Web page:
Lowell Snubs LBJ, Attacks Viet Policies
Robert Lowell '25' visiting professor of English, Wednesday refused an invitation to participate is a White House arts festival because of "the greatest dismay and distrust" with the Johnson Administration's foreign policy.
In a telephone interview last night, Lowell described his decision as "personal," but added, "I hope it will have some significance." He said he had received numerous phone calls and telegrams, most expressing support for his decision.
In a letter to President Johnson, Lowell explained that he originally accepted the invitation to the arts festival "some-what rapidly and greedily." But every artist knows, he said, "that he cannot enjoy public celebration without making subtle public commitments."
While stating that he was "very enthusiastic" about most of Johnson's domestic legislation and intentions. Lowell warned that "we are in danger of imperceptibly becoming an explosive and suddenly chauvinistic nation, and we may even be drifting on our way to the last nuclear ruin."
John Hersey and Saul Bellow, two other writers who were asked to read their works at the arts festival, voiced strong disagreement with the Administration's foreign policy but said that they would appear. Lowell said last night that "there is some confusion in most people's minds about what accepting an invitation to an arts festival means." Asked what acceptance does mean, he replied "It's not clear at all to me."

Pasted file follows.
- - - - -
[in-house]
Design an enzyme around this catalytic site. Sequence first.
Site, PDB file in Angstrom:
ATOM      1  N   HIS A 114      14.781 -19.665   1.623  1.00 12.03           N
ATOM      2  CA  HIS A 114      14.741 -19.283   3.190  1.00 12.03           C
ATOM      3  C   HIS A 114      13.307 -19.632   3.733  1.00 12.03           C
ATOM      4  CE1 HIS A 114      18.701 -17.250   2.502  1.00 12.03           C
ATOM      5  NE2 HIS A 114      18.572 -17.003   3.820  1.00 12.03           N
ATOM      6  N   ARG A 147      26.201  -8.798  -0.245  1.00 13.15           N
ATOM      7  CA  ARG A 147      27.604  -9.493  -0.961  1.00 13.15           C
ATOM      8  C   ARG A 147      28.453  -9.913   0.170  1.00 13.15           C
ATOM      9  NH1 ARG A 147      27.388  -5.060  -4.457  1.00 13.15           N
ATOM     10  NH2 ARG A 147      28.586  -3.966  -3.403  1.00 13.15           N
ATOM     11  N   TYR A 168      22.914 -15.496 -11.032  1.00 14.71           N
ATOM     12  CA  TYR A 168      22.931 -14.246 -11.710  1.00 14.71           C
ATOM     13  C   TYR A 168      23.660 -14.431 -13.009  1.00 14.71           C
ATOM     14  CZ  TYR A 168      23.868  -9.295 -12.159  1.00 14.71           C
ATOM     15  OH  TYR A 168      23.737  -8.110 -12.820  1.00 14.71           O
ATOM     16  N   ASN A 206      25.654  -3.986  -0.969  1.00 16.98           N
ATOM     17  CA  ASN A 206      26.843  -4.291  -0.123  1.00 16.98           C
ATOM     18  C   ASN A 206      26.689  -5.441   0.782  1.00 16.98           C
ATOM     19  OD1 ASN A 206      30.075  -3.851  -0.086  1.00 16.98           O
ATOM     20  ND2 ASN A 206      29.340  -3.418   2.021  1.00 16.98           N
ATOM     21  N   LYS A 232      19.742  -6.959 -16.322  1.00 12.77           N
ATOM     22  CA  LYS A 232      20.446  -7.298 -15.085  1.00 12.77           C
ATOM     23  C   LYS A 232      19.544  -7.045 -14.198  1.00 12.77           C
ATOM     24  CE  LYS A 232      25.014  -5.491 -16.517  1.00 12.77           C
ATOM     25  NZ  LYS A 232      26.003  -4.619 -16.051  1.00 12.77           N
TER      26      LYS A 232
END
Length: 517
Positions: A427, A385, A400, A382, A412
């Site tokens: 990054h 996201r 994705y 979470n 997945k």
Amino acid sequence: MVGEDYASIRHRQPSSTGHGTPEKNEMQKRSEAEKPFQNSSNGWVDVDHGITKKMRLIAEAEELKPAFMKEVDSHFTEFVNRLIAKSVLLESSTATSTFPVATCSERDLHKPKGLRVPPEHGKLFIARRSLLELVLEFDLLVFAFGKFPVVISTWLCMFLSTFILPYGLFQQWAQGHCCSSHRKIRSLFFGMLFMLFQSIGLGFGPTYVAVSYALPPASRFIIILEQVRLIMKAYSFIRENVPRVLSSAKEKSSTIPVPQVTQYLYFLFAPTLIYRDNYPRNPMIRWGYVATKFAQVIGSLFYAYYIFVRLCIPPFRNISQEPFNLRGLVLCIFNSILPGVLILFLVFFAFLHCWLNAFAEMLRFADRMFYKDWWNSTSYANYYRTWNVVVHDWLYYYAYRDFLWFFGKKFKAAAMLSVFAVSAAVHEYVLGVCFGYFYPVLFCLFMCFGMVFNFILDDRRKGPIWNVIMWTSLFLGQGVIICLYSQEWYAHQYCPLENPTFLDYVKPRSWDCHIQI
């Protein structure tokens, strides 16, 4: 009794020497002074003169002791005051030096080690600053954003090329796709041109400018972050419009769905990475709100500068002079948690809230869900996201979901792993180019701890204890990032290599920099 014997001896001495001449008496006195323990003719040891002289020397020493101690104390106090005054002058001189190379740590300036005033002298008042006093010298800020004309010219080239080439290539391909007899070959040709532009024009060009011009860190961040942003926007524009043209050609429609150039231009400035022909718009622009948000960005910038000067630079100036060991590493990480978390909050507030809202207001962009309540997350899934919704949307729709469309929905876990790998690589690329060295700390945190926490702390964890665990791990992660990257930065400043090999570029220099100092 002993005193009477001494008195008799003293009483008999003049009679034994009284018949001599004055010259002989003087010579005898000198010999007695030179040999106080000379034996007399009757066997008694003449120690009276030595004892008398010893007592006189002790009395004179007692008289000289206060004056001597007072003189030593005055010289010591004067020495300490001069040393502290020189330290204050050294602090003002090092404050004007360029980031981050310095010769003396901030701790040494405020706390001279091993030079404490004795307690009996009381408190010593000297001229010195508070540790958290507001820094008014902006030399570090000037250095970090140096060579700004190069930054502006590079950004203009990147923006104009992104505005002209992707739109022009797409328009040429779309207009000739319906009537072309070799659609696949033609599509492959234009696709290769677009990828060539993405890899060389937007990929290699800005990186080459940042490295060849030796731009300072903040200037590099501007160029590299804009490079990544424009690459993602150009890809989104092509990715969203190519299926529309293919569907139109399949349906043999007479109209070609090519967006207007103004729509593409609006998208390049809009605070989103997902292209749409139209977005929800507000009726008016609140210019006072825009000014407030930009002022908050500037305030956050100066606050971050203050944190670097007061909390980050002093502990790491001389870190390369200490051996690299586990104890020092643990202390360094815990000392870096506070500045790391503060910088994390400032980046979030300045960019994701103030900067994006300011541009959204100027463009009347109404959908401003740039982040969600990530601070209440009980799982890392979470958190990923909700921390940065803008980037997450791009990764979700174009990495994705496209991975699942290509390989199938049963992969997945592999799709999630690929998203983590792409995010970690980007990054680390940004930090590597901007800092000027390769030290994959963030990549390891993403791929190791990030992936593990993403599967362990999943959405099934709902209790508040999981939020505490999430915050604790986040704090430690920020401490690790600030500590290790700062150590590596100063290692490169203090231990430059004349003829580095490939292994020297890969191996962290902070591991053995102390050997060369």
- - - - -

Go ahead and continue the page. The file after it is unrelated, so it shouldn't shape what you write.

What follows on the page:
Hersey told the New York Times that "I have been deeply troubled by the drift toward reliance on military solutions in our foreign policy," but instead of following Lowell's lead he felt he could make "a stronger point "by reading from his Hiroshima.
Bellow, who also accepted the white House invitation, commented that "the President intends, in his own way, to encourage American artists." He went on to say that he considered the arts festival "an official function, not a political occasion which demands agreements with Mr. Johnson on all the policies of his Administration."
Lowell won a Pulitzer Prize in 1946 for his collection of poems entitled "Lord Weary's Castle." He will continue as a visiting professor in the fall, teaching a graduate seminar entitled "The Craft of Poetry."